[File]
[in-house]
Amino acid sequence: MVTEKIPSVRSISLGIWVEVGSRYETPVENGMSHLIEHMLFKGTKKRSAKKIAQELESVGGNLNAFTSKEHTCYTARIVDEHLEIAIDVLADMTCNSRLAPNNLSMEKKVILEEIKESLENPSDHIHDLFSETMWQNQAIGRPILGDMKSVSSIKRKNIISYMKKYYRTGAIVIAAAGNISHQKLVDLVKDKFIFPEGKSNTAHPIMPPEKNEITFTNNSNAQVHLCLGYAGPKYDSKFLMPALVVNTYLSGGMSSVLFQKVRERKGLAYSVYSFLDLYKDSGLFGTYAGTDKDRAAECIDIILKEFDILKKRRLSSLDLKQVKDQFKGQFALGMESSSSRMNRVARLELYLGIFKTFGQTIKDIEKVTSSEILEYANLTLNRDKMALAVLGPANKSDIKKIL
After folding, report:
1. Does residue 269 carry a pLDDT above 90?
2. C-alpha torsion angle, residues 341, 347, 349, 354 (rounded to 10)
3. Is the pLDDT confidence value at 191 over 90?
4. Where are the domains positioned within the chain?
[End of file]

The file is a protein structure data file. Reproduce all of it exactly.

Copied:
[in-house]
Amino acid sequence: MVTEKIPSVRSISLGIWVEVGSRYETPVENGMSHLIEHMLFKGTKKRSAKKIAQELESVGGNLNAFTSKEHTCYTARIVDEHLEIAIDVLADMTCNSRLAPNNLSMEKKVILEEIKESLENPSDHIHDLFSETMWQNQAIGRPILGDMKSVSSIKRKNIISYMKKYYRTGAIVIAAAGNISHQKLVDLVKDKFIFPEGKSNTAHPIMPPEKNEITFTNNSNAQVHLCLGYAGPKYDSKFLMPALVVNTYLSGGMSSVLFQKVRERKGLAYSVYSFLDLYKDSGLFGTYAGTDKDRAAECIDIILKEFDILKKRRLSSLDLKQVKDQFKGQFALGMESSSSRMNRVARLELYLGIFKTFGQTIKDIEKVTSSEILEYANLTLNRDKMALAVLGPANKSDIKKIL
After folding, report:
1. Does residue 269 carry a pLDDT above 90?
2. C-alpha torsion angle, residues 341, 347, 349, 354 (rounded to 10)
3. Is the pLDDT confidence value at 191 over 90?
4. Where are the domains positioned within the chain?